Worked with teens to make a cultural program proposal, worked together to create a teen centre (chose site, renovated, found sponsors, set up rules and an activities program)
Teamed together residents and experts to address water infrastructure problems (erosion, no running water or waste disposal, lack of green vegetables, complex legal situation doesn't allow relocation now); projects include: youth community garden, online platform for communication, physical model of village, re-location center
Invited as part of ECONOMY exhibition; encouraged group of unemployed women to start a cooperative, selling 'meal bags'

More Information

2011 Creative Time Summit

When Art Becomes Social Change, essay on WochenKlausur by Heather Davis
"Here, art becomes strictly an instrument to transform existing realities."
"Resistance for WochenKlausur necessarily means adherence, and the power of their work is through its ability to convey the advantageous position found in the entanglements of power."
"Despite these concrete interventions and how effective they are, WochenKlausur does not address underlying structures of power. For example, in the Zurich project, the members quickly realized that young women were at the bottom of the social hierarchy among street drug users and subjected to much abuse and exploitation... Notwithstanding the efficacy of the intervention, and the social and personal amelioration it provided, it could not address the underlying concerns and reasons why young women end up in such a vulnerable position. Although WochenKlausur provides astute political evaluations, including nuanced understandings of feminist and social justice frameworks, the projects can only obliquely address larger, systematic structures of power. Art historian and critic Grant Kester elaborates: At the same time, the realism that allows WochenKlausur to so effectively respond to specific problems can also tend to foreclose a political vision that could link these concrete solutions to a broader emancipatory movement among those who have been strategically disempowered."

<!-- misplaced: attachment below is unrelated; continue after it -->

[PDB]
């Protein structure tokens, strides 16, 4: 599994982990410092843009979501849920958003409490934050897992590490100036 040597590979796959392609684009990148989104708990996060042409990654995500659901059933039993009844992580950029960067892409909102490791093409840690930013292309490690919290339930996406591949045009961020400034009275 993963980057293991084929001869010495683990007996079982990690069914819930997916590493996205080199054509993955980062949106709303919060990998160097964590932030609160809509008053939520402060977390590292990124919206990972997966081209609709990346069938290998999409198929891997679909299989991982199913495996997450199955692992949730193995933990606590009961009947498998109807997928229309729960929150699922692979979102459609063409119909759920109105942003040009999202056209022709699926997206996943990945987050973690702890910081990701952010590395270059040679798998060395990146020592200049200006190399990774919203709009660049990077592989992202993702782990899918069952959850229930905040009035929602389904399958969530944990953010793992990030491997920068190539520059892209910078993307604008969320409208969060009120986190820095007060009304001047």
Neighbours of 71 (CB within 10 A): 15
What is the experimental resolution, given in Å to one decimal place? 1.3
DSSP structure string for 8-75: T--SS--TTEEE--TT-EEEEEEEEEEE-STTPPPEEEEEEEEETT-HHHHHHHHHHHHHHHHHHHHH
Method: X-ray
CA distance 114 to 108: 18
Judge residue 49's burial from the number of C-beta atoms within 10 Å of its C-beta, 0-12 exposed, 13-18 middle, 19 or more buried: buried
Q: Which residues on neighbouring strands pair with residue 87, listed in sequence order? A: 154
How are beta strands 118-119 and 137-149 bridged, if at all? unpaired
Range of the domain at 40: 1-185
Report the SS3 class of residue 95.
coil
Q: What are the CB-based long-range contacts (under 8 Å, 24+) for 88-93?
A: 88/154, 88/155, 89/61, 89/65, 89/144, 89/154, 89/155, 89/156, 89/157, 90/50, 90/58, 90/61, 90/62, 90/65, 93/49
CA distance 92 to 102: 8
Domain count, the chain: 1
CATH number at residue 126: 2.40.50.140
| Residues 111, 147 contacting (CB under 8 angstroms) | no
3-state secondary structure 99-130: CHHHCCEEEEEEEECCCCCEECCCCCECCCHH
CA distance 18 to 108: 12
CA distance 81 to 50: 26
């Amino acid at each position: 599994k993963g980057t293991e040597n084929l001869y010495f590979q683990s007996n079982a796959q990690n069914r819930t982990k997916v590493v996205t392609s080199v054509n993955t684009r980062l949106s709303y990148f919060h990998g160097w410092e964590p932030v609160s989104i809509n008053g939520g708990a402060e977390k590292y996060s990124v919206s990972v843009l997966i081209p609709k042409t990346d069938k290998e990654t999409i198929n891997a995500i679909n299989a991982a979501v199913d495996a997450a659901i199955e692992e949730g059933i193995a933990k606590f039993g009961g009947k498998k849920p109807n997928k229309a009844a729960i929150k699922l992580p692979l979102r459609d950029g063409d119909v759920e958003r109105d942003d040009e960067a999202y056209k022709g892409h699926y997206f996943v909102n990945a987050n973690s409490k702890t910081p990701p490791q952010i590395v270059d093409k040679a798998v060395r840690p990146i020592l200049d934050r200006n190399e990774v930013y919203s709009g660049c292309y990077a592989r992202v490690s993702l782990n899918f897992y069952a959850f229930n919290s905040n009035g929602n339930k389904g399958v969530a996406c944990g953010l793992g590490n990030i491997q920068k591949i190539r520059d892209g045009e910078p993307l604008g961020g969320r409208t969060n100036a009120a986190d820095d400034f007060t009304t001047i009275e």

First, I offered to members of my house a laundry service - I could pick up laundry, wash and dry it at school, and return it to them within 2 hours, charging $2 (plus the price of washing and drying). I posted this in the house Facebook group. Only one person responded - I ended up doing three loads of laundry for her, so she paid me $6.
I then made chocolate cinnamon cookies and chocolate covered apples. I reserved a table in commons during lunch on Friday and sold these - 50 cents for a cookie, $2 for an apple. I sold a good number of cookies, and two teachers donated a few extra dollars. I only sold two apples. I made $13.50 here.
I then sold the remaining apples at St. Peter's church after the service on Sunday. Several people donated a few dollars rather than buying an apple, or gave me more than the price I was asking: $1.50. Here, I made $16.00, still with four apples left.

I thought about offering to do McDonald's delivery a night or two between 11:00-11:30PM, charging a small fee, but I didn't have to do this because I made just enough money. $6.00 (laundry) + $13.50 (school bake sale) + $16.00 (church bake sale) = $35.50; $35.50 - $14.00 (supplies) = $21.50

Artist Inspirations

Nicene Kossentini
"After the political revolution, you have to have a cultural revolution to understand the problems and to try to debate together, to think together about art in Tunisia... To have a reaction (to the revolution), we need distance." - Audio Dispatch on Tunisia: One Year After the Revolution (2012)
Kossentini expressed these same ideas in an email interview I had with her in December 2013. She told me she was trying to describe to me the difficulty of creation in chaos. Her personal belief is that an artist's process/approach (démarche) may take detours when it is confronted by exterior turbulences, but it never changes direction.
The City in the Sky

Anadolu Kültür
"Working through the medium of culture and arts to enable Turkey to become a more democratic, pluralistic and free country, we as the Anadolu Kültür, DEPO and DSM team share the values that have emerged through the Gezi Park resistance and the responsibility of reinforcing solidarity."

Red Thread (part of Anadolu Kültür)